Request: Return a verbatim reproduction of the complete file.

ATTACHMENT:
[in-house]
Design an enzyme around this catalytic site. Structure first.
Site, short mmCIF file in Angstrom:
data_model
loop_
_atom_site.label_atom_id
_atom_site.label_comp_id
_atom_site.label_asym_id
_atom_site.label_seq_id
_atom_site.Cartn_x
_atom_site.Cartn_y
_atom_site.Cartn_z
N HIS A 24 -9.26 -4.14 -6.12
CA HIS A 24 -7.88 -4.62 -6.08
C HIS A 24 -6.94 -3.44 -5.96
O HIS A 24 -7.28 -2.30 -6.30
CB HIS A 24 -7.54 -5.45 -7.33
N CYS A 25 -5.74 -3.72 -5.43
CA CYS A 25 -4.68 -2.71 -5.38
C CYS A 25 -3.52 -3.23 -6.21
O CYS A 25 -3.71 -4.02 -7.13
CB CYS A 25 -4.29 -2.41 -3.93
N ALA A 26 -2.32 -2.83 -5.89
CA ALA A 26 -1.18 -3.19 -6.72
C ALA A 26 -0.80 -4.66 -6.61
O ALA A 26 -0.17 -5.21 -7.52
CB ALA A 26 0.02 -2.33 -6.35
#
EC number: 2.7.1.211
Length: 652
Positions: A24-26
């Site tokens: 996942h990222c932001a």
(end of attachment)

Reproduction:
[in-house]
Design an enzyme around this catalytic site. Structure first.
Site, short mmCIF file in Angstrom:
data_model
loop_
_atom_site.label_atom_id
_atom_site.label_comp_id
_atom_site.label_asym_id
_atom_site.label_seq_id
_atom_site.Cartn_x
_atom_site.Cartn_y
_atom_site.Cartn_z
N HIS A 24 -9.26 -4.14 -6.12
CA HIS A 24 -7.88 -4.62 -6.08
C HIS A 24 -6.94 -3.44 -5.96
O HIS A 24 -7.28 -2.30 -6.30
CB HIS A 24 -7.54 -5.45 -7.33
N CYS A 25 -5.74 -3.72 -5.43
CA CYS A 25 -4.68 -2.71 -5.38
C CYS A 25 -3.52 -3.23 -6.21
O CYS A 25 -3.71 -4.02 -7.13
CB CYS A 25 -4.29 -2.41 -3.93
N ALA A 26 -2.32 -2.83 -5.89
CA ALA A 26 -1.18 -3.19 -6.72
C ALA A 26 -0.80 -4.66 -6.61
O ALA A 26 -0.17 -5.21 -7.52
CB ALA A 26 0.02 -2.33 -6.35
#
EC number: 2.7.1.211
Length: 652
Positions: A24-26
């Site tokens: 996942h990222c932001a």